10. 10. Thermal Energy Storage Using Ice Slurry Fig. B shows the relationship between the heat transfer coefficient and the ice fraction with various ice slurry mass flux at the same conditions. At low mass flux range, it can be seen from the figure that the heat transfer coefficient did not change with ice fraction until it reached to certain ice fraction value (about10%in this condition). However, a sharp increase in the heat transfer coefficient occurred at the ice fraction above this point. Instead, the heat transfer coefficient increases gradually with the ice fraction at the high mass flux range. Ways to Produce Ice Slurry 1. Crushing or grinding solid ice, and mixing the created sludge with salted or sweetened water. 2. Using a tube-in-tube evaporator or crystallizer. 3. Bubble Slurry Ice, which contains ice crystals of 5 µ (0.005 mm, or 0.0002 in) in size and are formed at a moderate refrigerant evaporating temperature of -12°C to -17°C (+10°F to +1°F), is produced by second generation tube-in-tube evaporator, in which ice crystals are formed inside the entire space of the inner tube. Advantages of Ice Slurry compared to Solid or Flake Ice • Slurry Ice can be pumped through regular hoses or pipes • Slurry Ice surrounds the to-be-cooled products completely, leaving no air pockets, and therefore capable to extract heat better, faster and more efficiently. • Slurry Ice is soft and has no jagged or sharp edges, thus preventing injuries or damages to the product-to-be-cooled. • Slurry Ice requires less energy, space, and money to produce. • Because of its optimal cooling efficiency as a result of 100% use of its cooling surface area, a Slurry Ice mix requires less (usually 30-50% less) pure ice crystals than pure Flake Ice. PREPARED BY: WAHID H.MOHAMED Page 8 of 14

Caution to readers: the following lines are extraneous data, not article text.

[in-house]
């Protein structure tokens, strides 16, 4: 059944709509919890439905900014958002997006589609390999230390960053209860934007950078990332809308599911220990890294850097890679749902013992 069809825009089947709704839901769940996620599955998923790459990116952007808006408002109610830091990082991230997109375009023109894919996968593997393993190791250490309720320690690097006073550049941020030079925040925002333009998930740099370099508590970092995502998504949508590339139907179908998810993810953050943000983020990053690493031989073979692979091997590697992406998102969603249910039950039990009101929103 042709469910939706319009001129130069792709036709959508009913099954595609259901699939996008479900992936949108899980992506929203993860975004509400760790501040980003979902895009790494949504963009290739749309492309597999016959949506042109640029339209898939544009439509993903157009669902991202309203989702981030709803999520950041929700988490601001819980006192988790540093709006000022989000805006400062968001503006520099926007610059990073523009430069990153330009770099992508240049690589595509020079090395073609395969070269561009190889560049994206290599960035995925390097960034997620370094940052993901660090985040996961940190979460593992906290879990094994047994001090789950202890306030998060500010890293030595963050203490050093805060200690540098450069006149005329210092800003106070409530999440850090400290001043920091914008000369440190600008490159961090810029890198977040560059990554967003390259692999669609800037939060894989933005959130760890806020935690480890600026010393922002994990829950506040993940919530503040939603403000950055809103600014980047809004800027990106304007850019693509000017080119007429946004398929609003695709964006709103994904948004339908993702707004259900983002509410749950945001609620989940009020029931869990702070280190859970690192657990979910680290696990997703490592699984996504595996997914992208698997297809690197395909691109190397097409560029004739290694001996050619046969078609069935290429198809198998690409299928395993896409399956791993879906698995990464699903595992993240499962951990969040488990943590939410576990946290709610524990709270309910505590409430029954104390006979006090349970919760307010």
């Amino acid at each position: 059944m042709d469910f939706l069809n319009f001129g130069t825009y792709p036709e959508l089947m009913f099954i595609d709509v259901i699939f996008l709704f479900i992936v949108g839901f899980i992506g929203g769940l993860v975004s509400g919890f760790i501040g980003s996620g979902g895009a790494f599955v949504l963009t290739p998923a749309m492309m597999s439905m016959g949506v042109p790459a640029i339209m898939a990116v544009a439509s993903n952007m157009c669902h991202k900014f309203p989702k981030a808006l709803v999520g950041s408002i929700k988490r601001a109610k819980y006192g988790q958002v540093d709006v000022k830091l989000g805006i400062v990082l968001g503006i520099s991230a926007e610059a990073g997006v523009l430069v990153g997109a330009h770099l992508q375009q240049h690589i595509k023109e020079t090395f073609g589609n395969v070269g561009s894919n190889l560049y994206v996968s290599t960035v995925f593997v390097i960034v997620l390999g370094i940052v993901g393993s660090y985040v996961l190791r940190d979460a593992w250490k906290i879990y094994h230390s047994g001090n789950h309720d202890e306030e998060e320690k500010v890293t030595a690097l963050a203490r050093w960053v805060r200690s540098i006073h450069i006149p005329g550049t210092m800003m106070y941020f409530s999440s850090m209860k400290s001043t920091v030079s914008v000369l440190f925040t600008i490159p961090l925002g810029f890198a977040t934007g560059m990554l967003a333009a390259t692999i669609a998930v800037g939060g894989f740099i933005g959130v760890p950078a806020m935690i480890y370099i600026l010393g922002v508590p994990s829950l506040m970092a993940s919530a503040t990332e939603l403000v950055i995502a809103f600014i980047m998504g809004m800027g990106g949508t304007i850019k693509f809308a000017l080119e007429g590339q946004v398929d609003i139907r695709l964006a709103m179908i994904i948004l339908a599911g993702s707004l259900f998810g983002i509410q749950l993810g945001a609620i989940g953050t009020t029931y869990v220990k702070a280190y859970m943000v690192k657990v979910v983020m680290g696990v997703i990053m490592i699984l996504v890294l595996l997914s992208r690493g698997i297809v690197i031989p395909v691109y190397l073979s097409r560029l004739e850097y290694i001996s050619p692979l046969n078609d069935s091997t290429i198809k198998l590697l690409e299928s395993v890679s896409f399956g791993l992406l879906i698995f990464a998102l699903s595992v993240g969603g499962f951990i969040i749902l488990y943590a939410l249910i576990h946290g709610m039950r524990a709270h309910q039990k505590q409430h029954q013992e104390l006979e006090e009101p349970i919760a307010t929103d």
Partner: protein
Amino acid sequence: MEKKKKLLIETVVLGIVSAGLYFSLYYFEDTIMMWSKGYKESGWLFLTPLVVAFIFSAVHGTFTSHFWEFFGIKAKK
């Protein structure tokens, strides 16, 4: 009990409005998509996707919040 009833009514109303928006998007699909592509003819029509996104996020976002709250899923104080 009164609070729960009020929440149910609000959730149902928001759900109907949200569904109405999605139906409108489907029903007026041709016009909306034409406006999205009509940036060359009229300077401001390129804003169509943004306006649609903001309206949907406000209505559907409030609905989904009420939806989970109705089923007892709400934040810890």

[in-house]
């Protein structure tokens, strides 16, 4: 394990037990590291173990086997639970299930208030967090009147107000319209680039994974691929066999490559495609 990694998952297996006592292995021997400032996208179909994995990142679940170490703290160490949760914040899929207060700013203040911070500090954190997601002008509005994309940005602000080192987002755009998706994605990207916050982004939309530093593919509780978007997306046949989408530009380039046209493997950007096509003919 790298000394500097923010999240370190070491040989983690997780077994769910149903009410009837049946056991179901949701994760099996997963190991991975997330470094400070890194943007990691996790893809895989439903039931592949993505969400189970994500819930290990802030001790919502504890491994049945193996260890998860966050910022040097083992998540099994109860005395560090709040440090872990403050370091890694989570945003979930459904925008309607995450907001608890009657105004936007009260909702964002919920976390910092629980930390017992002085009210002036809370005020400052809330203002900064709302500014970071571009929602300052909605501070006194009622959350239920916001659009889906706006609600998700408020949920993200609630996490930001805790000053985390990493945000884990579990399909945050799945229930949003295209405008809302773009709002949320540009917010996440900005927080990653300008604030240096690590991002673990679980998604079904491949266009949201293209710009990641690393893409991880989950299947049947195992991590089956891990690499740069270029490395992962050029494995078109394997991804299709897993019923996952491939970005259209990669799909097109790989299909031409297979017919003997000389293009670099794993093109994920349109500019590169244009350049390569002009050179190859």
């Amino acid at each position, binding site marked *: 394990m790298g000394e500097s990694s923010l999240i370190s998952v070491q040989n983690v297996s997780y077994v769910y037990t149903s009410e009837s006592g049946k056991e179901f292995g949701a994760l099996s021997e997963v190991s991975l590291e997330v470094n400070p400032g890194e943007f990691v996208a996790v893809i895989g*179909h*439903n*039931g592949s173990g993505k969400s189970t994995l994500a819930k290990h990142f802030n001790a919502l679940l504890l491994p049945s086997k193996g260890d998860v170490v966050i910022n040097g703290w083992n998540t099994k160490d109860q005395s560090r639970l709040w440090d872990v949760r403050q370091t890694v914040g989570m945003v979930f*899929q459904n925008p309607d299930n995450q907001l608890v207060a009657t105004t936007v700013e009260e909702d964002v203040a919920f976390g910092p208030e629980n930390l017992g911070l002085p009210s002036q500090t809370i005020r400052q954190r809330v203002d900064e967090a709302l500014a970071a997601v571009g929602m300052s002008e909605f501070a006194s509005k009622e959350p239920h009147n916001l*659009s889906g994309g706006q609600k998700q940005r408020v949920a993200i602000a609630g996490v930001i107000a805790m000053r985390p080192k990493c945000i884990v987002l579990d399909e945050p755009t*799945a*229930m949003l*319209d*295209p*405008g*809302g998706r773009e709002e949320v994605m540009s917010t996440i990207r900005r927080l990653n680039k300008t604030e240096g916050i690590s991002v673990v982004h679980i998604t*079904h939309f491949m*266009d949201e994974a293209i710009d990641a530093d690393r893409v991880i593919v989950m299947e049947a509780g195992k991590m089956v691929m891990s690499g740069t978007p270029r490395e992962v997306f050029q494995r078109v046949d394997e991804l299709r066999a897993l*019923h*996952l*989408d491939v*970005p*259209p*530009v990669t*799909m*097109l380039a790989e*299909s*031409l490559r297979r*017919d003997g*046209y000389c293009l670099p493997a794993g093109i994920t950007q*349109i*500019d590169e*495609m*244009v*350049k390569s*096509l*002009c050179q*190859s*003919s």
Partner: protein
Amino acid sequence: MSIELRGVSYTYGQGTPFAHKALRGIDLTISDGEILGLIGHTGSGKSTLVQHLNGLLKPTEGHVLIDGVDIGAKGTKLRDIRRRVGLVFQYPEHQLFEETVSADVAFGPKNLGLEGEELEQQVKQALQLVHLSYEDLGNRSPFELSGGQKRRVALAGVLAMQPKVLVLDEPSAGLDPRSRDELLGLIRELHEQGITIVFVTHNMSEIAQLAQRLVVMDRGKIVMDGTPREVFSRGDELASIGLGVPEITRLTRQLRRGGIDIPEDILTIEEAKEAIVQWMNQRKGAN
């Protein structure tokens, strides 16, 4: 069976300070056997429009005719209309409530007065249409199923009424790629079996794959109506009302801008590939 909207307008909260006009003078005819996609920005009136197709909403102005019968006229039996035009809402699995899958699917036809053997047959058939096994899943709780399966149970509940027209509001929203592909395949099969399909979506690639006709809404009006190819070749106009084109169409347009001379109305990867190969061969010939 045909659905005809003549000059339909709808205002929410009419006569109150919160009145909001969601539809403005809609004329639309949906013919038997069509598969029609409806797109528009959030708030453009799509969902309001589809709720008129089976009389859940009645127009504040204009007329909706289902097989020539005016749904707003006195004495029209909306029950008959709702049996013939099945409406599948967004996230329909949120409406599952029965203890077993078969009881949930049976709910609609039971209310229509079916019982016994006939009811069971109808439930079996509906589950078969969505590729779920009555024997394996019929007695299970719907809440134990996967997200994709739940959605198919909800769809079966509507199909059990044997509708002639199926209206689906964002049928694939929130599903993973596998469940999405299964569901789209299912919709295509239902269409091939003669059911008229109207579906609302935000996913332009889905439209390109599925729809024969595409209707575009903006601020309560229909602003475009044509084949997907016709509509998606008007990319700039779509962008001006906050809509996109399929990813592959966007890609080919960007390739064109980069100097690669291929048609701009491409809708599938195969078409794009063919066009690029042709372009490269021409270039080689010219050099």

11. 11. Thermal Energy Storage Using Ice Slurry Typical Applications Particularly well suited to thermal storage are sports and entertainment facilities, convention centers, churches, airports, schools and universities, military bases, and office buildings, because they have widely varying loads. The average cooling load for these buildings is much lower than the peak load. In addition, using high temperature differentials for chilled-water and air distribution can significantly reduce construction costs, and the lower electrical demand can also reduce the size of emergency back-up generators. Health care facilities, data centers, and hotels having loads with only a slight variation between day and night. District Cooling Systems District cooling systems benefit from thermal storage in several ways. The cost of the distribution system in district cooling applications is a large percentage of the total system cost. Life-cycle costs can be lower by using smaller pipes, valves, pumps, heat exchangers, motors, starters, etc. Energy costs of chilled-water distribution are thereby reduced. The lower electrical demand may reduce the size of emergency back-up generators. During off-peak cooling load conditions, pumping energy costs can be greatly reduced, because the flow rate can be reduced proportionate to the reduced load. The ice slurry generator requires a freeze depressant for ice production; therefore, the ice is made at solution temperatures of about 27°F, down to about 24°F. The result is that 30°F temperature is possible from the ice slurry storage tank. Reference Two makes the point that 34°F system supply temperature provides several operating and cost savings advantages. An ice slurry system can provide 30°F system supply temperature, thus it offers additional savings in the distribution system and equipment costs. The ice slurry generator system provides flexibility in design. As a system grows from Phase I to Final Phase, the combination of centrifugal chillers and ice machines can be optimized for the given load. The Final Phase cooling loads of a project may be significantly different than originally planned. If so, the flexibility of an Ice Slurry System could prove to be very cost effective. PREPARED BY: WAHID H.MOHAMED Page 9 of 14